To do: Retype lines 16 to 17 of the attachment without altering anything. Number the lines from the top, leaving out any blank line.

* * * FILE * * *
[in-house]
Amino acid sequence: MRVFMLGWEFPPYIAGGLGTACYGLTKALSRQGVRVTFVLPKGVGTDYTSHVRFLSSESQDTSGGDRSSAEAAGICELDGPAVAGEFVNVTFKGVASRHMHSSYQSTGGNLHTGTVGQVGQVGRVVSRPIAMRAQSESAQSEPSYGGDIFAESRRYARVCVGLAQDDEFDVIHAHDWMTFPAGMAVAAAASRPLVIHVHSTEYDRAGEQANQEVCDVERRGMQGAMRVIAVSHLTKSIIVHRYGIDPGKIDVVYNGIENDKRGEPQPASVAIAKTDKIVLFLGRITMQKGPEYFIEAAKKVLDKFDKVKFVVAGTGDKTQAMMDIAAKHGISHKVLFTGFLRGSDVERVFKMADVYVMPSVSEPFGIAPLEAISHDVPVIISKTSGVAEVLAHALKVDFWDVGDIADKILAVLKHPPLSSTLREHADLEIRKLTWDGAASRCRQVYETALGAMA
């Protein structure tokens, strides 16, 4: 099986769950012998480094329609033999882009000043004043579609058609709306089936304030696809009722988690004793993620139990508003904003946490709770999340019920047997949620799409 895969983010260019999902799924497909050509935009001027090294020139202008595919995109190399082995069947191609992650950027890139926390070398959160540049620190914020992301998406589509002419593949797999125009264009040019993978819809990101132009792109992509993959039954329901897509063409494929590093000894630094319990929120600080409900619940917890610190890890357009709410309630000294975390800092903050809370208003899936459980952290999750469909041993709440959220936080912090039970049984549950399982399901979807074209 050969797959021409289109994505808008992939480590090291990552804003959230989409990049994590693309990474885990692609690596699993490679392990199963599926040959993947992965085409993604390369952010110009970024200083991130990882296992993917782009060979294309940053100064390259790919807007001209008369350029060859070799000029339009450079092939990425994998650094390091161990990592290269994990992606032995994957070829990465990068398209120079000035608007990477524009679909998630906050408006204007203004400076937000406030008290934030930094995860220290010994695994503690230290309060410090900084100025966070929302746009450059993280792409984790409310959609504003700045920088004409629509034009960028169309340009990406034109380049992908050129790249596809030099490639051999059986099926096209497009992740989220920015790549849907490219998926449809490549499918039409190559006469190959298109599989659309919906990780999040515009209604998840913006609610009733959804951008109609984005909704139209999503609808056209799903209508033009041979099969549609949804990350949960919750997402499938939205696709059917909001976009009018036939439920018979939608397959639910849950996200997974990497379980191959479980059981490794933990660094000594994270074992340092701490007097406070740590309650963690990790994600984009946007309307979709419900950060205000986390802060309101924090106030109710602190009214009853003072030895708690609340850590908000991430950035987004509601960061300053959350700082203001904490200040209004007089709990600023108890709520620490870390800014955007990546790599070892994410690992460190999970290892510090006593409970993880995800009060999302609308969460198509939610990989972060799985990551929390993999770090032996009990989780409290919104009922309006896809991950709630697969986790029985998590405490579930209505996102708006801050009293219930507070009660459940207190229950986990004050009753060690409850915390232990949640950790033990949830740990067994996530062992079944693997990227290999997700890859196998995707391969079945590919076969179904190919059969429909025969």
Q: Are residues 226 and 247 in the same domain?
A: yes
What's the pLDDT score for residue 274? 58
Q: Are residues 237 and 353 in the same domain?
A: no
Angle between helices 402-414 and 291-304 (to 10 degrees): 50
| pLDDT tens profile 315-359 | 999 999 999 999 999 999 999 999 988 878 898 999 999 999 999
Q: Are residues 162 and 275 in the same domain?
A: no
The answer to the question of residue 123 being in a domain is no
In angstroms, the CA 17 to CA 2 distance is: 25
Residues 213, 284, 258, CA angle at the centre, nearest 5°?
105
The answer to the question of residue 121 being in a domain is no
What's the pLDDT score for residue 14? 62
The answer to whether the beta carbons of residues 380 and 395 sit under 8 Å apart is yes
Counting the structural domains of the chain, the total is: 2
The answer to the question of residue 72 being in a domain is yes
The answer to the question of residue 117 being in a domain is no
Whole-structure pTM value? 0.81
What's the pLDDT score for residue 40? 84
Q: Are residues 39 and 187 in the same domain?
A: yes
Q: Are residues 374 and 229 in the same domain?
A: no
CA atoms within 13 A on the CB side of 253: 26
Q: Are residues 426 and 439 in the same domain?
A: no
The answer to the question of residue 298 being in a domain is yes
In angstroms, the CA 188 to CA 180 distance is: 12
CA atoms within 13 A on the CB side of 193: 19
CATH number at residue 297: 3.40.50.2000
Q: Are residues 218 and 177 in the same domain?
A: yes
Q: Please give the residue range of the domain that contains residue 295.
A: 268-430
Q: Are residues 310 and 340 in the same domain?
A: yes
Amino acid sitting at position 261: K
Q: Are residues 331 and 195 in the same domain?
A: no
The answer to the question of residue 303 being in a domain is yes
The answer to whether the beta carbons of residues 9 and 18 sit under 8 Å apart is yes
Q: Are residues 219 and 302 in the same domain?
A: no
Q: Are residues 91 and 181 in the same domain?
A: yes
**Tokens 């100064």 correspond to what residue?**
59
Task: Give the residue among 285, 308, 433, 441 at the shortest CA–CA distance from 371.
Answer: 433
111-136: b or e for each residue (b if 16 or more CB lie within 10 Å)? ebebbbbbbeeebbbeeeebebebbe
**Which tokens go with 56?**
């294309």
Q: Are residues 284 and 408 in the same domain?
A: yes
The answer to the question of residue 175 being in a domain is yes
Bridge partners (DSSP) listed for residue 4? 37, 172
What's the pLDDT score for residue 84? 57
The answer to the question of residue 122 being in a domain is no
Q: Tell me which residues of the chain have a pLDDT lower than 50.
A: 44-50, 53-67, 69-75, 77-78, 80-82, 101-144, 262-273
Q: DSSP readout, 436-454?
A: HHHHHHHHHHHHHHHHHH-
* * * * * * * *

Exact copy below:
105
The answer to the question of residue 121 being in a domain is no